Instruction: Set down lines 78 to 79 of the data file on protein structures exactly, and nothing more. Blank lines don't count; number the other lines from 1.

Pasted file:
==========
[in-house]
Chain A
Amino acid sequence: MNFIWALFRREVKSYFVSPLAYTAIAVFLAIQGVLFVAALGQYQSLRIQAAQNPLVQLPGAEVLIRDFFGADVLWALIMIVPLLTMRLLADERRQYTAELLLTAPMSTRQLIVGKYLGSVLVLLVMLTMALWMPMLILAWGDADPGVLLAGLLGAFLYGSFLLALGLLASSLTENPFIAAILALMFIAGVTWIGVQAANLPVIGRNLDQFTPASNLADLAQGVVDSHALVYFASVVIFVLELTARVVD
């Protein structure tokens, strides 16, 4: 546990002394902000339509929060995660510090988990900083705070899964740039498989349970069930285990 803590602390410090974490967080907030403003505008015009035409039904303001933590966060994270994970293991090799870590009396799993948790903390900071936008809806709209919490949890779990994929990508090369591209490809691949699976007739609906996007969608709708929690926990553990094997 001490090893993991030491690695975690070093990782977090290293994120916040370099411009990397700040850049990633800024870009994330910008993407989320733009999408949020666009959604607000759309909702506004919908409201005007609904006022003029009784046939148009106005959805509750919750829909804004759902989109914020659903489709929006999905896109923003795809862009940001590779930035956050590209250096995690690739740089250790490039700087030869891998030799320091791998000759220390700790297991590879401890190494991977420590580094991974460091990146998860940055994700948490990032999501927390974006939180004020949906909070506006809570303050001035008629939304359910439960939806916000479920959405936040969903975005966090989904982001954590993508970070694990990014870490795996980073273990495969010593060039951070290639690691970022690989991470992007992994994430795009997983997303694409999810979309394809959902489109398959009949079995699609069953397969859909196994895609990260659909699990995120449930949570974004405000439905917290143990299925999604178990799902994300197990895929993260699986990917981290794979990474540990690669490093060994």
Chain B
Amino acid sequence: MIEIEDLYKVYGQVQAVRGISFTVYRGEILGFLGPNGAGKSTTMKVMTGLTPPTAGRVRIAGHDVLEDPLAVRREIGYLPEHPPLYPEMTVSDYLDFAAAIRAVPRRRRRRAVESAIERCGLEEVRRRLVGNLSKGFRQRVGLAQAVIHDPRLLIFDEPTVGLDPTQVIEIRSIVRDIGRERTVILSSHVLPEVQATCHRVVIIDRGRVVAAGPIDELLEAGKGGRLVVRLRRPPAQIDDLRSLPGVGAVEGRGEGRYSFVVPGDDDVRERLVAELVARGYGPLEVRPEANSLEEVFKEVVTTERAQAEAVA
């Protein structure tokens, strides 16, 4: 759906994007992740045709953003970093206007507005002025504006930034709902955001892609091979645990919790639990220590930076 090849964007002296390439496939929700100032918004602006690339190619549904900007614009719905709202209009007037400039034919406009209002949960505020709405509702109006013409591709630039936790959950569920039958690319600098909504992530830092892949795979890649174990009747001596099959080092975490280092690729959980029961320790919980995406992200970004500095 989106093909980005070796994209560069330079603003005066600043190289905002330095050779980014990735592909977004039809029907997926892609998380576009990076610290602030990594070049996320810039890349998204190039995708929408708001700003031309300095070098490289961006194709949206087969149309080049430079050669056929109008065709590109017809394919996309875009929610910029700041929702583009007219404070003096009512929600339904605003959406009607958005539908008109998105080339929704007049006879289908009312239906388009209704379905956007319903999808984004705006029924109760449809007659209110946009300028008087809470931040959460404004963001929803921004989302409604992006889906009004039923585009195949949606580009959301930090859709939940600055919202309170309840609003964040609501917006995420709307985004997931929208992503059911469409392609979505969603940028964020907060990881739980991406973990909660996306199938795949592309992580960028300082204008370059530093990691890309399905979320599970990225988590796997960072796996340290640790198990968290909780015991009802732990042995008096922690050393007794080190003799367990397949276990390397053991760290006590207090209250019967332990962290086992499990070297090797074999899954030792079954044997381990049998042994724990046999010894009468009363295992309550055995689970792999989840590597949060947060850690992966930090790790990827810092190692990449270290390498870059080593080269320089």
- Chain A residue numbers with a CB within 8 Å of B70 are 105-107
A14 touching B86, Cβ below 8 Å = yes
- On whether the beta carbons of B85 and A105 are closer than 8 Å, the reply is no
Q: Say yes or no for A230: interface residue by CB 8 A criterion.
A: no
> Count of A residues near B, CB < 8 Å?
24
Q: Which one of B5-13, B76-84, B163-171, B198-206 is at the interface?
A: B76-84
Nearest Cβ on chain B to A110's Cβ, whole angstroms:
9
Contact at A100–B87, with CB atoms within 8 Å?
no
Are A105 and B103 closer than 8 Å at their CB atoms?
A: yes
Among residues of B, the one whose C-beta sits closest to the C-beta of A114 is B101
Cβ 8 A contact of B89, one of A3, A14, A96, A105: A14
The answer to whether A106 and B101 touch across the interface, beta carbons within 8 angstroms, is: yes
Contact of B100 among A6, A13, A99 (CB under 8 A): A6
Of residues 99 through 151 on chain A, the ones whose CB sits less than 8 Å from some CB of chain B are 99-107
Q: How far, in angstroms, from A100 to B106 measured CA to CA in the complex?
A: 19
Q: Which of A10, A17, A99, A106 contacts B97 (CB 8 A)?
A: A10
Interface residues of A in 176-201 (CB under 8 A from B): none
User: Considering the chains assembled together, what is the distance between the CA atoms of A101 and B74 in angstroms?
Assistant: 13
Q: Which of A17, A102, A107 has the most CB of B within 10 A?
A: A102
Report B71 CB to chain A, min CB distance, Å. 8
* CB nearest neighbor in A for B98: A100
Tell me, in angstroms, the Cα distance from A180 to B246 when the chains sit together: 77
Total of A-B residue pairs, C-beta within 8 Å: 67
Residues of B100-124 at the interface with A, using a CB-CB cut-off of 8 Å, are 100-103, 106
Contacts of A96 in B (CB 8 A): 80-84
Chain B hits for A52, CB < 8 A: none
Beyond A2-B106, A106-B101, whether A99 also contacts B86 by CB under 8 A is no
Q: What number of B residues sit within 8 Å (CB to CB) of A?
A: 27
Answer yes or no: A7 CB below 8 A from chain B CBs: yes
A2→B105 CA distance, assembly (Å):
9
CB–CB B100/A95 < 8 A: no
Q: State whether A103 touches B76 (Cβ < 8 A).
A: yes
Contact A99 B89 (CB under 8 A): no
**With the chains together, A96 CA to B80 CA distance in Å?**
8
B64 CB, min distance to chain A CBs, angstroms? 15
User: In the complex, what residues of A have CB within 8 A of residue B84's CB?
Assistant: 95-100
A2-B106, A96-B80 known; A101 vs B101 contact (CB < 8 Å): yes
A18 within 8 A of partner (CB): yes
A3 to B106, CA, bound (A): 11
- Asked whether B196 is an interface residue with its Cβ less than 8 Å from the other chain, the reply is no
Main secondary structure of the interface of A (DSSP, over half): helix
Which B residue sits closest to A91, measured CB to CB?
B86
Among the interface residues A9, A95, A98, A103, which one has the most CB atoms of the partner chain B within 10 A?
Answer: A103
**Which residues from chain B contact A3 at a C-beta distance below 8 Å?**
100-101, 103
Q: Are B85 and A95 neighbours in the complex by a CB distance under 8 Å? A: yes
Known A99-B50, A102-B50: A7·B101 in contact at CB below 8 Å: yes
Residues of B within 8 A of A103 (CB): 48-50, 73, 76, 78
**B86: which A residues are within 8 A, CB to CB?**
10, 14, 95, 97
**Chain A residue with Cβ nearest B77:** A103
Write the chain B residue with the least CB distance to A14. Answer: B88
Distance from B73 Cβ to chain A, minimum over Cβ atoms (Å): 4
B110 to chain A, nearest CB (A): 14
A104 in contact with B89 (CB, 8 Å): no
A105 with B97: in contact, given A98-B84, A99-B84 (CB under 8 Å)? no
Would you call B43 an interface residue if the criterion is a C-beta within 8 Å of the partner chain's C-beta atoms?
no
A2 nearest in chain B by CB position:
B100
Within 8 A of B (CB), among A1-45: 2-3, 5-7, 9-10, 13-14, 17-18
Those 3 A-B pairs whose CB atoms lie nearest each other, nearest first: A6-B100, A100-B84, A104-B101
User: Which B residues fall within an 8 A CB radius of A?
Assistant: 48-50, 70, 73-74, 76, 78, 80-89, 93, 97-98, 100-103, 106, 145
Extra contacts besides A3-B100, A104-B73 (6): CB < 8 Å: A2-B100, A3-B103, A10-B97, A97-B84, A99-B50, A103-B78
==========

B110 to chain A, nearest CB (A): 14
A104 in contact with B89 (CB, 8 Å): no